Yoshihiro ITO

Current position: Chief Scientist & Director

Institution /Faculty /Department : Cluster for Pioneering Research, RIKEN


Yoshihiro Ito was born in Gifu, Japan, in 1959. He received his Bachelor’s (1981) and Master’s (1983) degrees in polymer chemistry at Kyoto University and was awarded a doctorate in engineering from the same university in 1987. Since then he has held some posts including an assistant (1988) and associate (1996) professor at Kyoto University, research fellow at the University of California, Irvine (1992–1993), and professor of the University of Tokushima (1999). Now, he is Chief Scientist and Director of the Nano Medical Engineering Laboratory at the RIKEN Cluster for Pioneering research (from 2004). He is also visiting professors of Tokyo Institute of Technology, Tokyo Metropolitan University, Hokkaido University, Waseda University and Changchun Institute of Applied Chemistry, Chinese Academy of Sciences. His research focuses on biomaterial science, regenerative medical engineering, combinatorial bioengineering for the creation of functional polymers, and soft nanotechnology.

Clinical Application of Microarray Biochip Using Photo-Reactive Polymers


Nano Medical Engineering Laboratory, RIKEN Cluster for Pioneering Research, 2-1 Hirosawa, Wako-shi, Saitama 351-0198 Japan

We developed a photoimmobilized allergen microarray for an allergen-specific IgE assay. First, an aqueous solution of a photoreactive poly(ethylene glycol)-based polymer was spin-coated on a plate, and an aqueous solution of each allergen was microspotted on the coated plate and allowed to dry in air. Finally, the plate was irradiated with an ultraviolet lamp for covalent immobilization. An automated machine using these plates was also developed for the assay. After a patient's blood from the finger was added to the microarray plate, the adsorbed IgE was detected by an enzyme-conjugated anti-IgE-antibody through the chemical luminescence intensity. The results were highly correlated with those by the conventional method. 41 different allergen-specific IgEs were assayed using 20 microlitter of whole blood from the finger within 30 minutes. The system is now commercially available from Nippon Chemiphar with approvement of Japanese medical insurance.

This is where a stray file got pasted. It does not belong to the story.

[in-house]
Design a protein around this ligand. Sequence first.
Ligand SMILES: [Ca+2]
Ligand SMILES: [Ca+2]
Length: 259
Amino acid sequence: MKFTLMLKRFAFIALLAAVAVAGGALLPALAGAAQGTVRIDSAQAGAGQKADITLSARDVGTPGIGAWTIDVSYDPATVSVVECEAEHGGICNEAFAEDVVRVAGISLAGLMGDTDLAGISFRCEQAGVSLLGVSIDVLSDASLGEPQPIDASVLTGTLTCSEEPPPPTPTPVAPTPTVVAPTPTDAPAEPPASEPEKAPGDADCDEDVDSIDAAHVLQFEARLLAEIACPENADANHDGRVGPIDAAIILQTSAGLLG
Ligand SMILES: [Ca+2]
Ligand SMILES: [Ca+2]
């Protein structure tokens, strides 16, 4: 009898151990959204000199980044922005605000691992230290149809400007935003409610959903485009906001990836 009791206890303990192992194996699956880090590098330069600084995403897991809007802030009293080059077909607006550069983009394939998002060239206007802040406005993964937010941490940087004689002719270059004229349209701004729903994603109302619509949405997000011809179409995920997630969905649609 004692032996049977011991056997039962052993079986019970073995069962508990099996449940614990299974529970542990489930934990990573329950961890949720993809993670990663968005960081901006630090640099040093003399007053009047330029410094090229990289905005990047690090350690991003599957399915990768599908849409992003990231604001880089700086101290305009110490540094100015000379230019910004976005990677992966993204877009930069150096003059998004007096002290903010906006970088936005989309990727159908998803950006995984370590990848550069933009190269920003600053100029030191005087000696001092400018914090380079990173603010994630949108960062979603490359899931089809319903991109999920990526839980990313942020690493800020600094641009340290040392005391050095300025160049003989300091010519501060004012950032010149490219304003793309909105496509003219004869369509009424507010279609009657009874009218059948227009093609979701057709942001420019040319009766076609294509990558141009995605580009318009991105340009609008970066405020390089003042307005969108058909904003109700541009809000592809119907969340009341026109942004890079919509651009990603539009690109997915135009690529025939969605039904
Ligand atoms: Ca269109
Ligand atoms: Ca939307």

Research Specialty
Nano Medical Engineering

Recent Highlight Projects


Cluster for Pioneering Research, RIKEN